Therefore, as the leader of the group, Buzz’s choice decided the fate of the Sadhu III. Stakeholders Tier 1: The primary stakeholders are Buzz McCoy and the Sadhu. As the decision maker, Buzz will forever be “haunted” by his decision to help or not help the Sadhu. As for the Sadhu, he will certainly be affected by Buzz’s decision to help him survive or leave him to fend for himself. Tier 2: The secondary stakeholders are those on the mountain trail whose mountain experience will be affected by what Buzz decides.
Not only will Stephen and the 2 porters and Sherpas of their group be affected, the New Zealand, Swiss, and Japanese groups will be as well. Tier 3: The third level stakeholders are the villagers of the mountain village and the family and friends of the Sadhu. The mountain villagers will be affected if Buzz decides to escort the Sadhu into their care. The family and friends of the Sadhu will surely be affected by what happens to their father, husband or neighbor. IV. Alternatives ? Option 1: Buzz could drop everything and help the Sadhu down the mountain all the way to the village. Option 2: Buzz could completely ignore the Sadhu and continue on his journey up the mountain. ? Option 3: Individually, the members of the group could do their own part to help the Sadhu. This is what they did. ? Option 4: Buzz could clothe, feed, and house the Sadhu in their hut for the night and if he seemed well enough, send him down to the village in the morning for further recovery. ? Option 5: Buzz could give the Sadhu a sweater and some food and then continue his ascent. V. Solution If I were in the position to choose what was to be done with the Sadhu, I believe I would choose option 4.
I would certainly give the man some clothes, feed him, and do whatever I could to ensure his immediate survival. Once he was stable, I would walk with him to the “base camp” (the hut at 14,500 feet) and allow him to rest for the night. If in the morning he seemed well enough to make his way down to the nearest village, I would allow him to continue on his own, leaving him with clothes, shoes, food and water. If not, I would stay with him until he was well. If he needed more urgent help, I would bring him to the village.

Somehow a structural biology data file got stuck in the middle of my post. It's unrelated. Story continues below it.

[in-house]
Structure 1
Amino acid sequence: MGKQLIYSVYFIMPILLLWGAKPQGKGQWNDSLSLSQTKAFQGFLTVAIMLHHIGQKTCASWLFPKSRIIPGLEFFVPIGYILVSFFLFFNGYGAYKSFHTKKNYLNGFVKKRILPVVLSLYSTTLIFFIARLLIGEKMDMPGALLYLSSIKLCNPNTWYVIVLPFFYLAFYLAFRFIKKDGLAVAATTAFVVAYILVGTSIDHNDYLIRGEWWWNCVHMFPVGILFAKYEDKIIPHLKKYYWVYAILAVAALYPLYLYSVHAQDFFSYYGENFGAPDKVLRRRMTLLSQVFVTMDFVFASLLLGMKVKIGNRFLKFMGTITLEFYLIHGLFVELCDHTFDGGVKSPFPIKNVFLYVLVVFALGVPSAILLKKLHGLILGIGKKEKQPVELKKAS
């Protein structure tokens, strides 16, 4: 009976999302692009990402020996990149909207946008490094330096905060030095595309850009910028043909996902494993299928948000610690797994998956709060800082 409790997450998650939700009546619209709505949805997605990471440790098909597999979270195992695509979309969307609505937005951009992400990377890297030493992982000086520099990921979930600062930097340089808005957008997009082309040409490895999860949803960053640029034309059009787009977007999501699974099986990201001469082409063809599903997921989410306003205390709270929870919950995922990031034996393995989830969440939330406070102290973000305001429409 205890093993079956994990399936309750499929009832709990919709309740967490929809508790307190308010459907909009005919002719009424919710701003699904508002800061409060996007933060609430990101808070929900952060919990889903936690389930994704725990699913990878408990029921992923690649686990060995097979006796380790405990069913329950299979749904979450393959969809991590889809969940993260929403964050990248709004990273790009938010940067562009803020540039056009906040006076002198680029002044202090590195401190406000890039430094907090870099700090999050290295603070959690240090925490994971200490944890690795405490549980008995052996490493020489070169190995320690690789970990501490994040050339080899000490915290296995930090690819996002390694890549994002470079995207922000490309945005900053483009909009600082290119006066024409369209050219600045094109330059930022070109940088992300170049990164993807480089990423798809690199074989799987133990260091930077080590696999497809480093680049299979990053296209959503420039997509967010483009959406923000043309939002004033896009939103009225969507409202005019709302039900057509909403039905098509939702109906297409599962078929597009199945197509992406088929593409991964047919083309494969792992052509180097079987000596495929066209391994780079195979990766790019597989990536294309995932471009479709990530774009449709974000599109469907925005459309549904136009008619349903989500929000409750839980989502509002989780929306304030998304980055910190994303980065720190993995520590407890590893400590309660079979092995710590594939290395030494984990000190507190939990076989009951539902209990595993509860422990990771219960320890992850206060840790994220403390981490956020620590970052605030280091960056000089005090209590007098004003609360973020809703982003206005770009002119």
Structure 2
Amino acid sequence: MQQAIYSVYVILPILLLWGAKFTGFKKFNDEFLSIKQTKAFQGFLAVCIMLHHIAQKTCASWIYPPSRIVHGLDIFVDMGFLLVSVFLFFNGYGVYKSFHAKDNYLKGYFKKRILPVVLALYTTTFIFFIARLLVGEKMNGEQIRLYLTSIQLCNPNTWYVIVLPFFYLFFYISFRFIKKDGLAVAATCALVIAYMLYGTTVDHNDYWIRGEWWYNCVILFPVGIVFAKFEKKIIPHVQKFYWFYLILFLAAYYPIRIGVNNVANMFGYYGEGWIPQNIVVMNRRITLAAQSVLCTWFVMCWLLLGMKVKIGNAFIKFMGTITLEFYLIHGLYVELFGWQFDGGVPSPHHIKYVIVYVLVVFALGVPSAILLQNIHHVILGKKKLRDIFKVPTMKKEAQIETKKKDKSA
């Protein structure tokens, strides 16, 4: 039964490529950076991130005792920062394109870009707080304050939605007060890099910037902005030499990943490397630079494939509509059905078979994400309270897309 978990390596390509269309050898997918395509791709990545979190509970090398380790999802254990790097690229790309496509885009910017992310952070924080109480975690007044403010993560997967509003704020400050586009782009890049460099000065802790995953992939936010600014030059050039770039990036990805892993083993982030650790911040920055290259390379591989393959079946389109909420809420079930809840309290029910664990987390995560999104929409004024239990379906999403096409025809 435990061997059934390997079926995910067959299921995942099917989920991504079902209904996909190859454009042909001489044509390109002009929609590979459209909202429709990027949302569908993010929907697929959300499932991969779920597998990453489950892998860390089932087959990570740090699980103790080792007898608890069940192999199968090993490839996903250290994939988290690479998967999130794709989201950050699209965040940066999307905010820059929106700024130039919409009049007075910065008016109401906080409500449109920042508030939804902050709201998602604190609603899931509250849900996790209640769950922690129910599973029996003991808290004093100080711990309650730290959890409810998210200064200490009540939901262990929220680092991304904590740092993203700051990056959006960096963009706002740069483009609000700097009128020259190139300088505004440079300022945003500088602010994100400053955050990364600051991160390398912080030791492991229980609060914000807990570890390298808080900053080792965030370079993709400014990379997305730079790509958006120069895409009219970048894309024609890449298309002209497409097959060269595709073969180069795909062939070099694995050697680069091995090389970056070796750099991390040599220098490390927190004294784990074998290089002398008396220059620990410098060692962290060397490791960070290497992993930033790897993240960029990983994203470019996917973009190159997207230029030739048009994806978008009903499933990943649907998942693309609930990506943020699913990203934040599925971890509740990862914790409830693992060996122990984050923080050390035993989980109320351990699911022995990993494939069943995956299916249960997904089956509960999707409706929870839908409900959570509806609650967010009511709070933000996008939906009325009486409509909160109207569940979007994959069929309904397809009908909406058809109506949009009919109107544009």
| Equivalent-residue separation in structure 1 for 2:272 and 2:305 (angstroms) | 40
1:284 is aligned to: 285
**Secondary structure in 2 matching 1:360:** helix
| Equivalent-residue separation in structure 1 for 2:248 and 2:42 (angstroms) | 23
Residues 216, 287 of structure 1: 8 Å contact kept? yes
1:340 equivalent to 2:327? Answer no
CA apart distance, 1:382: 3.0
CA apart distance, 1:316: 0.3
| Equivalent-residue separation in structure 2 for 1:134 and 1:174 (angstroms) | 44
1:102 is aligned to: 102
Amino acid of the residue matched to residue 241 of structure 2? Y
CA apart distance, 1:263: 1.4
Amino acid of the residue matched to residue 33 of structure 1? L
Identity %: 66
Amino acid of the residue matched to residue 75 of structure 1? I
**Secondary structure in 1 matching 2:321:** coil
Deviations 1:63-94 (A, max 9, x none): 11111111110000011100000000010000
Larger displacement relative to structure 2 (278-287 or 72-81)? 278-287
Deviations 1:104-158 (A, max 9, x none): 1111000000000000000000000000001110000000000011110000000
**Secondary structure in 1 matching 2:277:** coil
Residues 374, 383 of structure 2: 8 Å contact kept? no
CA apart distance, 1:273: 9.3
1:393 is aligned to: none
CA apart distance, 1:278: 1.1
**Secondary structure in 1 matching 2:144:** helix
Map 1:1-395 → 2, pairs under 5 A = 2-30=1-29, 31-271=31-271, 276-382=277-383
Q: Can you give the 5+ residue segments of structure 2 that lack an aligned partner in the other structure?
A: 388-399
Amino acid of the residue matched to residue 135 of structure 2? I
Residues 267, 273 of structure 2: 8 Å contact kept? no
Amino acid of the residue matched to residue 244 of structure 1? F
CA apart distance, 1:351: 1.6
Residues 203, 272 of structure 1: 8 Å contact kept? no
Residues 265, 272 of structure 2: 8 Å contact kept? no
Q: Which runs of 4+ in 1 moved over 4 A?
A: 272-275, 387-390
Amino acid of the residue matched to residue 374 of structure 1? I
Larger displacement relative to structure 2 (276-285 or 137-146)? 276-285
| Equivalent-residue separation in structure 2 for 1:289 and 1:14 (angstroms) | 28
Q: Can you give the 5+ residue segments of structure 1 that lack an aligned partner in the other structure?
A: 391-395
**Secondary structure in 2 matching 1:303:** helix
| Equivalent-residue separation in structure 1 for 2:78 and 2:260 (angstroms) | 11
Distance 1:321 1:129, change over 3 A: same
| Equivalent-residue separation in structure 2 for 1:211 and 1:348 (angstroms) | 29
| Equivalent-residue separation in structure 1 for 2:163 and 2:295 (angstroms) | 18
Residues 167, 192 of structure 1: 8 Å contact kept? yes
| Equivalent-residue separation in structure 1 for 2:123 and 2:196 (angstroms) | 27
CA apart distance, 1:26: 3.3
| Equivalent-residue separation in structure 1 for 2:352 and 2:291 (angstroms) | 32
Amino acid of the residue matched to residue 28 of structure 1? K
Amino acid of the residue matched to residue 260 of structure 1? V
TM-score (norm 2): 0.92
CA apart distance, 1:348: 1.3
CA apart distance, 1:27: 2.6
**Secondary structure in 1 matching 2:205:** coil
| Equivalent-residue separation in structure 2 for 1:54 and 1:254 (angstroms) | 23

Based on the above solution, as a ED of NMA ( Nepal Mountaineering Association ) I would draft a detailed guideline as well as Code of Conduct to be signed off by all my staff on business ethics. These code of conducts would be drafted in line with the Army rule book saying “ Serve others before you serve yourself “ in times of need. My Codes , Controls and Guidelines would clealy have the following check points 1) Clearly defined Duties and responsibilities of my staff, sherpas, porters and headquarter staff. 2) A clear guidelines and Code of Conduct for the climbers. Ethical responsibilities on where would they start and End in the extreme circumstances ) Also a solemn sign off before the start of the journey on ethical / social norms , to act as a refresher / reminder even in extreme or harsh situations. 3) A swifter mode of communication of any such incidence by a single person responsible from my team to the base location for creating a Back up (Mobile technology or any other technology if available for creating a back up for the team in action). 4) A Two person team in every such exercise trained to deal with all or any such ethical situation. ) Basic first aid and life saving training to my team for such incidents. That apart the practice of ethics being a complex exercise due to varied human nature and circumstances , would ensure to follow the same personally all the time and preach it to all connected with me from time to time so that I or my team is never faced with a situation where my company does not have this system of values, when the times get tough, the tough will cover their own behinds and run and then repent later as to what happened to the Poor Sadhu. Signing off Chirag P Thakar Roll no 54 MFM